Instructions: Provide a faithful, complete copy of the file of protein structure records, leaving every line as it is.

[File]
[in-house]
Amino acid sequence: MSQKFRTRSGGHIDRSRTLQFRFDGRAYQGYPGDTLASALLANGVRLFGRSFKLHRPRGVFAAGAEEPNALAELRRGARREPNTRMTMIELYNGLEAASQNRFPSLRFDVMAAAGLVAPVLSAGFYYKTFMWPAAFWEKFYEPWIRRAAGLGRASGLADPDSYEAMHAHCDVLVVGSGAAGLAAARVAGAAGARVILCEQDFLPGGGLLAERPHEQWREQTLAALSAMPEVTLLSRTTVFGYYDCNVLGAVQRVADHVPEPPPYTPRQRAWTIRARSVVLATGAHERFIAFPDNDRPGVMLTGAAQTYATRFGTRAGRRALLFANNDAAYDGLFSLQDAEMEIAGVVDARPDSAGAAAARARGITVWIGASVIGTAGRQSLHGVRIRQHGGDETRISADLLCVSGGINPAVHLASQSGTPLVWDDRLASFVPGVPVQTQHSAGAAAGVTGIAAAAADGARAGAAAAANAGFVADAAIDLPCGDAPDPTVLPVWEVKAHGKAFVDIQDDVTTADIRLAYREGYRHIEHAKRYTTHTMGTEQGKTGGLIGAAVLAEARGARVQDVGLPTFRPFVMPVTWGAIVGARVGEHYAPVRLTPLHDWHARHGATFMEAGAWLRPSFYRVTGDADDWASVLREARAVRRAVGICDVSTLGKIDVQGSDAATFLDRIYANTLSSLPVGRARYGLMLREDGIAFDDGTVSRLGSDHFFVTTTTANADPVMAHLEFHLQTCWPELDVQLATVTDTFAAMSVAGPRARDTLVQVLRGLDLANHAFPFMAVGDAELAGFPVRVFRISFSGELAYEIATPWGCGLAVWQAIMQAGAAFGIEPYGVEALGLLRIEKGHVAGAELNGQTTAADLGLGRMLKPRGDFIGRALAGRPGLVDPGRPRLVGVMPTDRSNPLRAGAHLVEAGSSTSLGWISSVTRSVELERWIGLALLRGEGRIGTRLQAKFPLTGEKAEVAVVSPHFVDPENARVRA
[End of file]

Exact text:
[in-house]
Amino acid sequence: MSQKFRTRSGGHIDRSRTLQFRFDGRAYQGYPGDTLASALLANGVRLFGRSFKLHRPRGVFAAGAEEPNALAELRRGARREPNTRMTMIELYNGLEAASQNRFPSLRFDVMAAAGLVAPVLSAGFYYKTFMWPAAFWEKFYEPWIRRAAGLGRASGLADPDSYEAMHAHCDVLVVGSGAAGLAAARVAGAAGARVILCEQDFLPGGGLLAERPHEQWREQTLAALSAMPEVTLLSRTTVFGYYDCNVLGAVQRVADHVPEPPPYTPRQRAWTIRARSVVLATGAHERFIAFPDNDRPGVMLTGAAQTYATRFGTRAGRRALLFANNDAAYDGLFSLQDAEMEIAGVVDARPDSAGAAAARARGITVWIGASVIGTAGRQSLHGVRIRQHGGDETRISADLLCVSGGINPAVHLASQSGTPLVWDDRLASFVPGVPVQTQHSAGAAAGVTGIAAAAADGARAGAAAAANAGFVADAAIDLPCGDAPDPTVLPVWEVKAHGKAFVDIQDDVTTADIRLAYREGYRHIEHAKRYTTHTMGTEQGKTGGLIGAAVLAEARGARVQDVGLPTFRPFVMPVTWGAIVGARVGEHYAPVRLTPLHDWHARHGATFMEAGAWLRPSFYRVTGDADDWASVLREARAVRRAVGICDVSTLGKIDVQGSDAATFLDRIYANTLSSLPVGRARYGLMLREDGIAFDDGTVSRLGSDHFFVTTTTANADPVMAHLEFHLQTCWPELDVQLATVTDTFAAMSVAGPRARDTLVQVLRGLDLANHAFPFMAVGDAELAGFPVRVFRISFSGELAYEIATPWGCGLAVWQAIMQAGAAFGIEPYGVEALGLLRIEKGHVAGAELNGQTTAADLGLGRMLKPRGDFIGRALAGRPGLVDPGRPRLVGVMPTDRSNPLRAGAHLVEAGSSTSLGWISSVTRSVELERWIGLALLRGEGRIGTRLQAKFPLTGEKAEVAVVSPHFVDPENARVRA